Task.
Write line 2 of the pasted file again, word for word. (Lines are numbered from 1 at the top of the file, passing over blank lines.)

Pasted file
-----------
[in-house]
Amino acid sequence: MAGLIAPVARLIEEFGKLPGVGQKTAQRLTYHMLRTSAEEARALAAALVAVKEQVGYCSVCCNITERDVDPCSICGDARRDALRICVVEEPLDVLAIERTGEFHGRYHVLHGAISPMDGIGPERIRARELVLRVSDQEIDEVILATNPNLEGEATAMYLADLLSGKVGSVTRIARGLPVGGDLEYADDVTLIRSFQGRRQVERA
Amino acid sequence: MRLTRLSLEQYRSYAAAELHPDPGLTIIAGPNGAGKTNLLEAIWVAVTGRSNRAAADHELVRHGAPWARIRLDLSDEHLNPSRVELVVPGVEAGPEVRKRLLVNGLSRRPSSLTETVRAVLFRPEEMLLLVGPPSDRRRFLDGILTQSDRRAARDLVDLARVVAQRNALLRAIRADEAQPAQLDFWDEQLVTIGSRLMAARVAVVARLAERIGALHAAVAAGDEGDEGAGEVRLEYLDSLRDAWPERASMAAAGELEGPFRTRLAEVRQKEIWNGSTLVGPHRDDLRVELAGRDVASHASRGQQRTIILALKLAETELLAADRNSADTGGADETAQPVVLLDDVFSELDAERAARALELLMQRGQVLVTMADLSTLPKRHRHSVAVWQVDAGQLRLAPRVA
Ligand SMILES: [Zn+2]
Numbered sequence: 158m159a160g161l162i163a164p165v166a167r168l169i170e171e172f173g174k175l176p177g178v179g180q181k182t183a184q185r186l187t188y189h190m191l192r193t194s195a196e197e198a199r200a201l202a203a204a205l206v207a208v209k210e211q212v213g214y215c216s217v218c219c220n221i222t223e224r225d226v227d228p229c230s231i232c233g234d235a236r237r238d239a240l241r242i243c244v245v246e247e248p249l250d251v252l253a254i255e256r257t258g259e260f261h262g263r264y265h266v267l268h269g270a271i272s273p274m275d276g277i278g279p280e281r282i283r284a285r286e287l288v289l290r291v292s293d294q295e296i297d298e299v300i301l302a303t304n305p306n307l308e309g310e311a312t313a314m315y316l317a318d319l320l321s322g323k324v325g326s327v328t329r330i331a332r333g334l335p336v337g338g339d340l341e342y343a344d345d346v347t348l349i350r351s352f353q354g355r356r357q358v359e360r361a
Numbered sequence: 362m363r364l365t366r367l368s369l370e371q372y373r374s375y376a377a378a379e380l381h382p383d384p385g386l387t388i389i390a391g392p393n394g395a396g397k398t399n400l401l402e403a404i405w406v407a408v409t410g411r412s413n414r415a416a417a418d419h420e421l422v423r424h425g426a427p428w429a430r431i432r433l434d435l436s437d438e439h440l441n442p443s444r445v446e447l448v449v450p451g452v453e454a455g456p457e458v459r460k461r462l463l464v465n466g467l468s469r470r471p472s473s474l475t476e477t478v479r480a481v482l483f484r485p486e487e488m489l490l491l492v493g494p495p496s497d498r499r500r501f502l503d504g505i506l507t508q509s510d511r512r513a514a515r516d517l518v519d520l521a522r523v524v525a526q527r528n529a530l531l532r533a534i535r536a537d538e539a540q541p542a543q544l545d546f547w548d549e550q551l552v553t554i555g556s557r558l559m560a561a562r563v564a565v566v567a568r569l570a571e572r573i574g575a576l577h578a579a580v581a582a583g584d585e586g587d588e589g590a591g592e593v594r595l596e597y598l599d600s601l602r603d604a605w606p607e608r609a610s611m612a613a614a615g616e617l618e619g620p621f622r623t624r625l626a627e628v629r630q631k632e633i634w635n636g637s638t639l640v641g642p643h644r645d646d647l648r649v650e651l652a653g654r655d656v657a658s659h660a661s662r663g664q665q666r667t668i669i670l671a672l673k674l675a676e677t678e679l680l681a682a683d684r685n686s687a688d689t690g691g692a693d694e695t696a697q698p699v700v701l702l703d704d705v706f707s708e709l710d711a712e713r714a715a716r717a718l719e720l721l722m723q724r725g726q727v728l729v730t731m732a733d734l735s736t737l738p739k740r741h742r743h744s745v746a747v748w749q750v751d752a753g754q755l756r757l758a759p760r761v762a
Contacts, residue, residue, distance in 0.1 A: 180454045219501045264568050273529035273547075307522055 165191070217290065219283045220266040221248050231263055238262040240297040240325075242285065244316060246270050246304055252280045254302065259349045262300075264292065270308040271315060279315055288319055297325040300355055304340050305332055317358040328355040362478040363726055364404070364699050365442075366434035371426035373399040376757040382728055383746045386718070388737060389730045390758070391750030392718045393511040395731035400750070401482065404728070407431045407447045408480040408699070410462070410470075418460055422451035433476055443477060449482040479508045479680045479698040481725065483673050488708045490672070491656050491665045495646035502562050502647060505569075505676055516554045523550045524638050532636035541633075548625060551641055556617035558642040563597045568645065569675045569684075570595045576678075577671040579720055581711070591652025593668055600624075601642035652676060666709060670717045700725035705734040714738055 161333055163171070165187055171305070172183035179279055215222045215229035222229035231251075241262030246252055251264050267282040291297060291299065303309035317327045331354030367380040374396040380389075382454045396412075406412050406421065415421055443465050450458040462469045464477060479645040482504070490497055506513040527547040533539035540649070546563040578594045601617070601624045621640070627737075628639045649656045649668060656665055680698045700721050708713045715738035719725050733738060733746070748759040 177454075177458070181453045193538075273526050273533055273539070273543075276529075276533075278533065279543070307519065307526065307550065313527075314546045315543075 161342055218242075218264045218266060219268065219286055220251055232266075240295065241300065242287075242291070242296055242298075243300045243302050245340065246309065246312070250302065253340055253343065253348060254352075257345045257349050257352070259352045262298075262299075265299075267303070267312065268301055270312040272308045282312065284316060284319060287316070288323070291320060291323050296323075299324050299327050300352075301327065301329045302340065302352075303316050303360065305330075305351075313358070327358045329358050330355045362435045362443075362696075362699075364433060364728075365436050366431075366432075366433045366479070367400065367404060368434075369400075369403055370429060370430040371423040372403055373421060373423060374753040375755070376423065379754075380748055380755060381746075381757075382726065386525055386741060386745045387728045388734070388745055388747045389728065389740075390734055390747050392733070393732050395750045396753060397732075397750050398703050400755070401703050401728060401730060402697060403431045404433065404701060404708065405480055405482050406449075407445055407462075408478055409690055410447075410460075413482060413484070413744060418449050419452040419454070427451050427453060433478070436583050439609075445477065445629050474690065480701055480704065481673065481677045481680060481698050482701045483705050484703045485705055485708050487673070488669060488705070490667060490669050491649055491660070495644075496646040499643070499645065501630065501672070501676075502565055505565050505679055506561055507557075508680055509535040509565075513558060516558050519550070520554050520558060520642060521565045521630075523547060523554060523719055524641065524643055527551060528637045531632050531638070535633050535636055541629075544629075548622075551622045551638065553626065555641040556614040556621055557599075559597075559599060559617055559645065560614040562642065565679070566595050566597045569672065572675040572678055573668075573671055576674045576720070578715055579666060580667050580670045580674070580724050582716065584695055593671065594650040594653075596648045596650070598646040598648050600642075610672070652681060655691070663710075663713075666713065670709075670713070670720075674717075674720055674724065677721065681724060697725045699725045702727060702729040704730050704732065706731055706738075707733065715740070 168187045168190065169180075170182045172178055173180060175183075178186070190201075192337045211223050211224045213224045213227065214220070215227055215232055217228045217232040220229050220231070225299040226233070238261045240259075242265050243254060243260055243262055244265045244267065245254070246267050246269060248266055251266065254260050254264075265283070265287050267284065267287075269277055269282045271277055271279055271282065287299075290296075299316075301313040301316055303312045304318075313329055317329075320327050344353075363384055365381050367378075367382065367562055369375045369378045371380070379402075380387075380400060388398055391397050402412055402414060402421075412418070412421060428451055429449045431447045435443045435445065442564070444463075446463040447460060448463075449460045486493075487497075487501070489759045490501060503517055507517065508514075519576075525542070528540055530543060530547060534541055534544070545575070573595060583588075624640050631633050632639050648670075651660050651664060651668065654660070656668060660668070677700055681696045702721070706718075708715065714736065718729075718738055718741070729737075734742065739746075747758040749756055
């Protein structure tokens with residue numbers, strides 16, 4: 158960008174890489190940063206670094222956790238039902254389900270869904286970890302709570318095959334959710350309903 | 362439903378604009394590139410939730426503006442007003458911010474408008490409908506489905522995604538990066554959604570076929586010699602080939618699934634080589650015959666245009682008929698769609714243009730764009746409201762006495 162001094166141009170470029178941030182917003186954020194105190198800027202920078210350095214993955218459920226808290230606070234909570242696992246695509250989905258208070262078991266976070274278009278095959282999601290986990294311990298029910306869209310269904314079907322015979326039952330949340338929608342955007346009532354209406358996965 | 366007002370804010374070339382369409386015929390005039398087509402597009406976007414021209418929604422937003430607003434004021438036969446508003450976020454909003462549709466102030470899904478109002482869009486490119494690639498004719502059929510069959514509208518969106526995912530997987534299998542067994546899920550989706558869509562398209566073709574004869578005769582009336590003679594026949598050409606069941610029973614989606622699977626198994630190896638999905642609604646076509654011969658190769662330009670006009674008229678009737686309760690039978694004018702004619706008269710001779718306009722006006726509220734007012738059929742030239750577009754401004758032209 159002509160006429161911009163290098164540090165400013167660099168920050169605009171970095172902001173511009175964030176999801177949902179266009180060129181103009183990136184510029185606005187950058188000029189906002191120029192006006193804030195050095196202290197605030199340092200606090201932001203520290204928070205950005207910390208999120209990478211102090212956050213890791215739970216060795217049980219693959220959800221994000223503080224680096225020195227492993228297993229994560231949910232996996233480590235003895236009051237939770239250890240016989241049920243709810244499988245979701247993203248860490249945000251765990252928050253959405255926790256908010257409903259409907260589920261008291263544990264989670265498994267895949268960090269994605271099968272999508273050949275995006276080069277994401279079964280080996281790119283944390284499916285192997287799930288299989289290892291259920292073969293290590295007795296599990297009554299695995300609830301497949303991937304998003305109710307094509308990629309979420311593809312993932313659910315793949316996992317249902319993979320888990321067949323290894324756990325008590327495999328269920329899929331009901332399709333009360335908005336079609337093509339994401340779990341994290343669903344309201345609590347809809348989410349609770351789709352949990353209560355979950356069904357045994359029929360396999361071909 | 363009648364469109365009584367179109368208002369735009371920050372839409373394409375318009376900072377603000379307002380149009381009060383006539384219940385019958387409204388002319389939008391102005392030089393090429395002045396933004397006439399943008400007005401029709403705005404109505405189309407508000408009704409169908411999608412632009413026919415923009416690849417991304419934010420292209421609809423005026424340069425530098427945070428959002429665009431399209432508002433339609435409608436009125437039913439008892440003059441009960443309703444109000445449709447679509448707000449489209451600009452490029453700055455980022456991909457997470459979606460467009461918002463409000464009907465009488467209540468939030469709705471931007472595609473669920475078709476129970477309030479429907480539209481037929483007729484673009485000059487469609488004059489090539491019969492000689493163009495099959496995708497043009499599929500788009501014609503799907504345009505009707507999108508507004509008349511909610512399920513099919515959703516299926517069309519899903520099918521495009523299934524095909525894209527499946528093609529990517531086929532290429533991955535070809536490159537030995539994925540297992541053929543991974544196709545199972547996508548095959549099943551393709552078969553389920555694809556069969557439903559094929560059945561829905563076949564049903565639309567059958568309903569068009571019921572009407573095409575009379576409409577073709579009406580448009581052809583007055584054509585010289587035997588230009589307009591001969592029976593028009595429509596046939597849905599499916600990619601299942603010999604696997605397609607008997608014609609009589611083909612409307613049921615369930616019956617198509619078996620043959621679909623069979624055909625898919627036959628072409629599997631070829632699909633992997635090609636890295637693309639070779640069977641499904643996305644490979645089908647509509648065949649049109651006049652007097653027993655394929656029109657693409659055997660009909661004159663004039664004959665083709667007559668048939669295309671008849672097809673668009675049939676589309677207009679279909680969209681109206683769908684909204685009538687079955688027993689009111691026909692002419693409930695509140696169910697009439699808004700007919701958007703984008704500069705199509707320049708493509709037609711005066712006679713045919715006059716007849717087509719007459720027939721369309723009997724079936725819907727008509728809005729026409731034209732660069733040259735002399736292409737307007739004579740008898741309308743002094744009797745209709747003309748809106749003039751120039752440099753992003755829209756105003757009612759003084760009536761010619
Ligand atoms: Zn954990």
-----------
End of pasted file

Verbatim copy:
Amino acid sequence: MAGLIAPVARLIEEFGKLPGVGQKTAQRLTYHMLRTSAEEARALAAALVAVKEQVGYCSVCCNITERDVDPCSICGDARRDALRICVVEEPLDVLAIERTGEFHGRYHVLHGAISPMDGIGPERIRARELVLRVSDQEIDEVILATNPNLEGEATAMYLADLLSGKVGSVTRIARGLPVGGDLEYADDVTLIRSFQGRRQVERA